On January 5, 1996, a new development thrust the travel office matter again to the forefront. A two-year-old memo from White House director of administration David Watkins surfaced that identified First Lady Hillary Rodham Clinton as the motivating force behind the firings, with the additional involvement of Vince Foster and Harry Thomason. “Foster regularly informed me that the First Lady was concerned and desired action. The action desired was the firing of the Travel Office staff.” Written in fall 1993, apparently intended for McLarty, the Watkins memo also said “we both know that there would be hell to pay” if “we failed to take swift and decisive action in conformity with the First Lady’s wishes.” This memo contradicted the First Lady’s previous statements in the GAO investigation, that she had played no role in the firings and had not consulted with Thomason beforehand; the White House also found it difficult to explain why the memo was so late in surfacing when all the previous investigations had requested all relevant materials. House committee chair Clinger charged a cover-up was taking place and vowed to pursue new material.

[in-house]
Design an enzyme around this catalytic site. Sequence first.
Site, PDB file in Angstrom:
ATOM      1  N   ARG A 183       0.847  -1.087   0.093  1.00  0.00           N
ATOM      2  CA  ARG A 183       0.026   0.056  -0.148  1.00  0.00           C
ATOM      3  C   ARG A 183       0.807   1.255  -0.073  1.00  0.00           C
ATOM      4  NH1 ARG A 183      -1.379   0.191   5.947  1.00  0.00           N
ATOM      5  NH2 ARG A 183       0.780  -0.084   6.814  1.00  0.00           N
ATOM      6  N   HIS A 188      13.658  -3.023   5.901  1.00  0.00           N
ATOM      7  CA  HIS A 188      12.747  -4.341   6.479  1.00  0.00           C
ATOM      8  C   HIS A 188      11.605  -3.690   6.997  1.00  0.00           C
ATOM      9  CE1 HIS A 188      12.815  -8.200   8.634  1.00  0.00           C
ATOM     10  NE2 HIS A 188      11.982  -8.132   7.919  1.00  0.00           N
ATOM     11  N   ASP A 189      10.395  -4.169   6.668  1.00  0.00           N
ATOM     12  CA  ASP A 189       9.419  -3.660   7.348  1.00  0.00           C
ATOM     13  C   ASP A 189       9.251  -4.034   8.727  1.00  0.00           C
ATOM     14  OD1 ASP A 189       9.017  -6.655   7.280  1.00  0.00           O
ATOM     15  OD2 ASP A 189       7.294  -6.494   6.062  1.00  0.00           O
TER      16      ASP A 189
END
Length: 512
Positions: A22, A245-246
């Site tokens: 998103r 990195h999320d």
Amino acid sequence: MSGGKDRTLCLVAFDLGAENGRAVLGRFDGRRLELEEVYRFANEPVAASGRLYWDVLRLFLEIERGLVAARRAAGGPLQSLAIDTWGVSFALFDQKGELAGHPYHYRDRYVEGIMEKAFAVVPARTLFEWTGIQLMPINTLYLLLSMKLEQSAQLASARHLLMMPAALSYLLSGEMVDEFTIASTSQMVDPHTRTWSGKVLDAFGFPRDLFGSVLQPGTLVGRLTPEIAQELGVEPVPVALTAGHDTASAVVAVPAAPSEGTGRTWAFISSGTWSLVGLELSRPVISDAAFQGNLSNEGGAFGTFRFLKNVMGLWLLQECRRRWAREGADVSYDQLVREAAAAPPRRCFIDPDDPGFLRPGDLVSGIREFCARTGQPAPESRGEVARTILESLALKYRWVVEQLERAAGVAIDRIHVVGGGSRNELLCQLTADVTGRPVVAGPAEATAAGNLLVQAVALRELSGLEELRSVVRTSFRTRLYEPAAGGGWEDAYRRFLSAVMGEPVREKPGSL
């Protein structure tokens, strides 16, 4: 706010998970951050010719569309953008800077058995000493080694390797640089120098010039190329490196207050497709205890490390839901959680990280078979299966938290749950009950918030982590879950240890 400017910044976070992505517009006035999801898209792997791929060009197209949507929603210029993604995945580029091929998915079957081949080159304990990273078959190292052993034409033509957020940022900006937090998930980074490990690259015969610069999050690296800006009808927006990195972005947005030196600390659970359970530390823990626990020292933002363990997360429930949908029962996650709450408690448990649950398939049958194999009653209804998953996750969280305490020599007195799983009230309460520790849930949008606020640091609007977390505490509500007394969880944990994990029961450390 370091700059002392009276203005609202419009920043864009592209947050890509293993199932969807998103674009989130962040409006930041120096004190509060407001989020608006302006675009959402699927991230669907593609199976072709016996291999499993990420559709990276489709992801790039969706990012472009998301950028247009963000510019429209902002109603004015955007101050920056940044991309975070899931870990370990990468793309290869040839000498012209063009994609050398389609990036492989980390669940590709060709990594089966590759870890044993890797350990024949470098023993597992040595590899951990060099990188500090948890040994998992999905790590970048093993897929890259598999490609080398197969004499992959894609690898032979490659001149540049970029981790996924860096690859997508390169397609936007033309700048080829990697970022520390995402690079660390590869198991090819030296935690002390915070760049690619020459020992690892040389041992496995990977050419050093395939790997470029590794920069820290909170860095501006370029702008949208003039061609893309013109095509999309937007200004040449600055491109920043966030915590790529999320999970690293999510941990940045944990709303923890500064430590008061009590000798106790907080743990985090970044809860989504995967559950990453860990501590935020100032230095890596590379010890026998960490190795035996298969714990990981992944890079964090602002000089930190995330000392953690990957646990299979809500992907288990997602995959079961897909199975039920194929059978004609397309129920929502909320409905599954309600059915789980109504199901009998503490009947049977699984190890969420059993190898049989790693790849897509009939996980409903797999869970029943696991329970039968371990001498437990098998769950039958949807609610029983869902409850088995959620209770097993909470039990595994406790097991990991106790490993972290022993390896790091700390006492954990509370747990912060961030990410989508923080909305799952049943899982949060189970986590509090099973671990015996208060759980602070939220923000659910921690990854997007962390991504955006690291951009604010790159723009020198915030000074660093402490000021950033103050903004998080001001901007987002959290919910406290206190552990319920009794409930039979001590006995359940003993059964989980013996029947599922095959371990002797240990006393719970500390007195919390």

These developments, following Hillary Clinton’s prior disputed statements about her cattle futures dealings and Whitewater, led to a famous exchange in which high-profile New York Times columnist William Safire, who had endorsed Bill Clinton in the previous election, wrote that many Americans were coming to the “sad realization that our First Lady—a woman of undoubted talents who was a role model for many in her generation—is a congenital liar.
A copy of the Rose Law Firm billing records had also surfaced, under subpoena for nearly two years, is turned over to investigators by Hillary Clinton’s assistant Carolyn Huber. Ms. Huber has testified that she found the records, along with a stack of other papers, in the First Lady’s book room in August, 1995. She moved all of the documents to her office before realizing in January that the billing records were among the papers.